In general, mass is a critical limiting factor. If the mission calls for a “hard landing,” each seismometer package will need cushioning material to protect the delicate instrumentation as it drops from a low-altitude orbiter. But if a “soft landing” deployment is planned, each package will need its own individual “retro-rocket assembly” to slow its landing. Either option adds more mass to each package, and, especially if conventional solar-battery-power technology is used, a network cannot be established with a single launch. At least two launches will be required to establish a minimum network of eight seismometers. The mission will, therefore, be cost-prohibitive using the current mission programs available through NASA.

Hopefully, the LuSeN team will continue to try to meet the goals laid out in January 2004 by President Bush “of living and working [on the moon] for increasingly extended periods of time” and ultimately establishing an extended human presence on the moon. Obtaining a better understanding of lunar seismic activity is crucial for achieving the president’s vision.

At this time, it is suspected, but not known, that seismic events could seriously compromise a permanent lunar habitat. To fully evaluate this risk, a long-lived, global lunar seismic network needs to be established. Now is the time to start developing the new power-generation systems so that the lunar seismic network can be established to monitor and locate seismic hazards before we humans can make the moon our home.


Unearthing the moon’s birth

Impacts are the key players in the moon’s and Earth’s early histories. A leading hypothesis for the moon’s formation focuses on the idea of a Mars-sized planet striking Earth shortly after the solar system formed, and then ejecting debris that ultimately became the moon. The energy from the impact caused the forming moon to melt, creating a lunar magma ocean, which may have encompassed the entire moon.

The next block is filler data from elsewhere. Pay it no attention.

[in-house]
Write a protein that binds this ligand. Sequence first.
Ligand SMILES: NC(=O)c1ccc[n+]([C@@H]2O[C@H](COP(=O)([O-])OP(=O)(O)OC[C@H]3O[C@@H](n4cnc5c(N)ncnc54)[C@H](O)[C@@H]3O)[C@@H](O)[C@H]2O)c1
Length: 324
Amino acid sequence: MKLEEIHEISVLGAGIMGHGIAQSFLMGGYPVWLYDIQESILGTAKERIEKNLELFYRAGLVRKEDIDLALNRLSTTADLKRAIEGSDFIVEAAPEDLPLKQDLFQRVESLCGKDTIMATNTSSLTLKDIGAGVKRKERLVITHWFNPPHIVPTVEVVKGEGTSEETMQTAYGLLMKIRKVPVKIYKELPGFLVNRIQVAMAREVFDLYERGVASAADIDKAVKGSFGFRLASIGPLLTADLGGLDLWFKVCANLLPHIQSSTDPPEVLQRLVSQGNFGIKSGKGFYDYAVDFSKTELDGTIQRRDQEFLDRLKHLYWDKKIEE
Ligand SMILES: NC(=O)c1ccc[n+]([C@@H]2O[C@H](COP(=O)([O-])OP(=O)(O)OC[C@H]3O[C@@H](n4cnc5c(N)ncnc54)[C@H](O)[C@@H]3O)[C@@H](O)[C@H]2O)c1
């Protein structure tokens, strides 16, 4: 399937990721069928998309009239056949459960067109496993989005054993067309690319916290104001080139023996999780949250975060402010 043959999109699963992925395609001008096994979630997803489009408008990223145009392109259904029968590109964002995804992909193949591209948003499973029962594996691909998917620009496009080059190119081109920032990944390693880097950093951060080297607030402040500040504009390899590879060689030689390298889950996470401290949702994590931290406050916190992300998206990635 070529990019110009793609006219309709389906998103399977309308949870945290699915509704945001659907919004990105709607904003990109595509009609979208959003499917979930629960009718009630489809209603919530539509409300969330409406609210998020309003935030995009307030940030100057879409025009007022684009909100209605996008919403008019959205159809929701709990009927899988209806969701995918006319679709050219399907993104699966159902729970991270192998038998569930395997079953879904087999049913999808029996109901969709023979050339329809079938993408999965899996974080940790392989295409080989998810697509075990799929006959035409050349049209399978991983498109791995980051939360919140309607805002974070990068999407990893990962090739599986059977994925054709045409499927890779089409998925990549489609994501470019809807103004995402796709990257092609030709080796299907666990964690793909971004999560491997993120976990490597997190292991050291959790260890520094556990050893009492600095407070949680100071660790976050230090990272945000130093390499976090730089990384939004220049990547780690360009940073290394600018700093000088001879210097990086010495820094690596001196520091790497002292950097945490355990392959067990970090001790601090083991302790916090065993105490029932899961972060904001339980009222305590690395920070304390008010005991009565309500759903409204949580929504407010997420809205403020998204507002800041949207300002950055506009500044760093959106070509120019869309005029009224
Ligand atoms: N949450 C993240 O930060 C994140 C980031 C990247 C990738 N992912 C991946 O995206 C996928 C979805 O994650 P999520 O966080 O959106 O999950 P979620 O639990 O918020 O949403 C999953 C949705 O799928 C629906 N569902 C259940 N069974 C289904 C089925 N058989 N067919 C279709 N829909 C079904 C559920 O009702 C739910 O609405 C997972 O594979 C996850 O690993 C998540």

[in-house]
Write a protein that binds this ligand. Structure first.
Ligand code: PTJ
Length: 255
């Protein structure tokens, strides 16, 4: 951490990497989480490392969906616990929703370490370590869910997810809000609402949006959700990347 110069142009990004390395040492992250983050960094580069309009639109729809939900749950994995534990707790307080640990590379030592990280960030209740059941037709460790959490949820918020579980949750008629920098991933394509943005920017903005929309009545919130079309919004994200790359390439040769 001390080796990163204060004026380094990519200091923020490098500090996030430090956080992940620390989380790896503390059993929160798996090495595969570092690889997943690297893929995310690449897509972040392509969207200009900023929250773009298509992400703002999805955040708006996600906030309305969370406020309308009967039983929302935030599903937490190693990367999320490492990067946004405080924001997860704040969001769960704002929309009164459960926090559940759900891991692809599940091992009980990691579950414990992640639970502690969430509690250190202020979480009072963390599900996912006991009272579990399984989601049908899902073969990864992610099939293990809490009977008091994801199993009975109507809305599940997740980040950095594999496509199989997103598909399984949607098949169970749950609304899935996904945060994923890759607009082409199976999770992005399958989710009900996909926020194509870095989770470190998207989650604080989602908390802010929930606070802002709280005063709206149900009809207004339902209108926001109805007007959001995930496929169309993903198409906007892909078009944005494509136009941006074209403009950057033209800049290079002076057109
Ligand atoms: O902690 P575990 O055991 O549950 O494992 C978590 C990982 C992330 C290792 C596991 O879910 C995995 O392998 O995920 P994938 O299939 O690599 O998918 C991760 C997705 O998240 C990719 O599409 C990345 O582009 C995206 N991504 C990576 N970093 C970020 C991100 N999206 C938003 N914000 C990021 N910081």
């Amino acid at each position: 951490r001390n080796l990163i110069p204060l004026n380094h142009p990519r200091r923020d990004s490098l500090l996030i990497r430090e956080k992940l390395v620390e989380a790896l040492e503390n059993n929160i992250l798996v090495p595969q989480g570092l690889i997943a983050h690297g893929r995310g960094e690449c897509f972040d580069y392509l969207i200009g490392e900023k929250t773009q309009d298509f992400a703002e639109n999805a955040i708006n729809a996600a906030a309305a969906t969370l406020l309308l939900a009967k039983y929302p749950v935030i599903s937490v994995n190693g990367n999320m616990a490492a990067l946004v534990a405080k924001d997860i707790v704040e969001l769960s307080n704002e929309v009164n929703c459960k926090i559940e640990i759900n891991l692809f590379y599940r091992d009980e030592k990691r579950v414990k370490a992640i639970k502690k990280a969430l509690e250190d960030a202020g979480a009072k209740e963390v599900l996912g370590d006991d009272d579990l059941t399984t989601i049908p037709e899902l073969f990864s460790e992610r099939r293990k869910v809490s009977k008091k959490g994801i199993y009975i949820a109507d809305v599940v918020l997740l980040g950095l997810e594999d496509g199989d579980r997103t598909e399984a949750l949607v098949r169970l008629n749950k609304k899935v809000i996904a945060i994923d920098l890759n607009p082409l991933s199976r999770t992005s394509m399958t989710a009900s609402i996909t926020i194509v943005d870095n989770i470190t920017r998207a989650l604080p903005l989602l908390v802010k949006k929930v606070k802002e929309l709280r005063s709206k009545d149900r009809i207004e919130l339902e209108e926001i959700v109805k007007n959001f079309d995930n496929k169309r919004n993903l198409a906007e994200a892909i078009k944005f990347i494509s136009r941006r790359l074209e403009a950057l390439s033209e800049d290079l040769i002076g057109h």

Evidence supporting this “giant-impact hypothesis” from early Apollo missions includes lunar rocks with an oxygen isotopic composition nearly identical to Earth’s mantle. Such a composition is consistent with the moon forming mostly from Earth’s mantle and partly from the mantle of the impacting body.

The giant-impact hypothesis, however, has come under fire in recent years. Orange pyroclastic glass returned from the Apollo 17 mission — the last manned American mission to the moon — contains a greater abundance of volatile gases than other volcanic products on the moon. But the energy from the giant impact would have resulted in the moon’s interior being more depleted in volatile elements. The primordial imprint found in the glass would have been vastly altered in a giant impact (and subsequent melting in the magma ocean), necessitating an alternative explanation for how the moon formed.

Some researchers have suggested that instead of the giant impact, Earth captured the moon from another orbit, and that all planets initially formed with cool primordial cores. Subsequent impacts could have then created sufficient energy to create the lunar magma ocean.

Sorting through these hypotheses to understand how the moon formed addresses just one of many scientific questions that further moon exploration can answer. A global, long-lived, lunar seismic network will tell scientists more about the composition of the moon’s interior, including the size of the core and potentially the depth of any magma ocean, and in turn, inform discussions about its origins.

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Neal is an associate professor at the University of Notre Dame in Indiana and has been conducting lunar research for 20 years. He would like to thank Yosio Nakamura, whose patience and encyclopedic knowledge of lunar seismicity greatly improved this story.